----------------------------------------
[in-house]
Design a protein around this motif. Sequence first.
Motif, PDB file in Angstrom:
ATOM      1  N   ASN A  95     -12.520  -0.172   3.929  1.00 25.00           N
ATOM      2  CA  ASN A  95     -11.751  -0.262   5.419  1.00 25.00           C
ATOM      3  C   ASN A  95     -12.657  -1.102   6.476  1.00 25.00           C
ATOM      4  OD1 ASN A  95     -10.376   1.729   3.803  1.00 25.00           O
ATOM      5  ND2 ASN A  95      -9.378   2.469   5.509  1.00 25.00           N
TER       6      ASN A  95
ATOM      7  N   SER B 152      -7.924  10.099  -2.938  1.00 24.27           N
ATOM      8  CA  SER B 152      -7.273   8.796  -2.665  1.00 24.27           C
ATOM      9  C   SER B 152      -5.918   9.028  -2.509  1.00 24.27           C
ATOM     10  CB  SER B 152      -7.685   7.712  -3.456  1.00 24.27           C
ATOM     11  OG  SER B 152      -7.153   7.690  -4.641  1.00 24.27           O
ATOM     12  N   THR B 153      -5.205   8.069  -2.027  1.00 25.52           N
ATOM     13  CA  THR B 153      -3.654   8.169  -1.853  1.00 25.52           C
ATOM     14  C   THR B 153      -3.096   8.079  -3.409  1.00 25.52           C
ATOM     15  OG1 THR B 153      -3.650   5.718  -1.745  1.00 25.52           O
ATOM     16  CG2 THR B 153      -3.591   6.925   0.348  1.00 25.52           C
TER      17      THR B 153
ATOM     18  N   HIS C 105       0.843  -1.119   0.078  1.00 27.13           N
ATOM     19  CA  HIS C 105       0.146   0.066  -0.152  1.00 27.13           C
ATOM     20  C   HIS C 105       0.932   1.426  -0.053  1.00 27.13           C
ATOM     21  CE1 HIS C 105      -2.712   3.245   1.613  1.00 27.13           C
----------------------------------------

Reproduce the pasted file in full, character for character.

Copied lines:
[in-house]
Design a protein around this motif. Sequence first.
Motif, PDB file in Angstrom:
ATOM      1  N   ASN A  95     -12.520  -0.172   3.929  1.00 25.00           N
ATOM      2  CA  ASN A  95     -11.751  -0.262   5.419  1.00 25.00           C
ATOM      3  C   ASN A  95     -12.657  -1.102   6.476  1.00 25.00           C
ATOM      4  OD1 ASN A  95     -10.376   1.729   3.803  1.00 25.00           O
ATOM      5  ND2 ASN A  95      -9.378   2.469   5.509  1.00 25.00           N
TER       6      ASN A  95
ATOM      7  N   SER B 152      -7.924  10.099  -2.938  1.00 24.27           N
ATOM      8  CA  SER B 152      -7.273   8.796  -2.665  1.00 24.27           C
ATOM      9  C   SER B 152      -5.918   9.028  -2.509  1.00 24.27           C
ATOM     10  CB  SER B 152      -7.685   7.712  -3.456  1.00 24.27           C
ATOM     11  OG  SER B 152      -7.153   7.690  -4.641  1.00 24.27           O
ATOM     12  N   THR B 153      -5.205   8.069  -2.027  1.00 25.52           N
ATOM     13  CA  THR B 153      -3.654   8.169  -1.853  1.00 25.52           C
ATOM     14  C   THR B 153      -3.096   8.079  -3.409  1.00 25.52           C
ATOM     15  OG1 THR B 153      -3.650   5.718  -1.745  1.00 25.52           O
ATOM     16  CG2 THR B 153      -3.591   6.925   0.348  1.00 25.52           C
TER      17      THR B 153
ATOM     18  N   HIS C 105       0.843  -1.119   0.078  1.00 27.13           N
ATOM     19  CA  HIS C 105       0.146   0.066  -0.152  1.00 27.13           C
ATOM     20  C   HIS C 105       0.932   1.426  -0.053  1.00 27.13           C
ATOM     21  CE1 HIS C 105      -2.712   3.245   1.613  1.00 27.13           C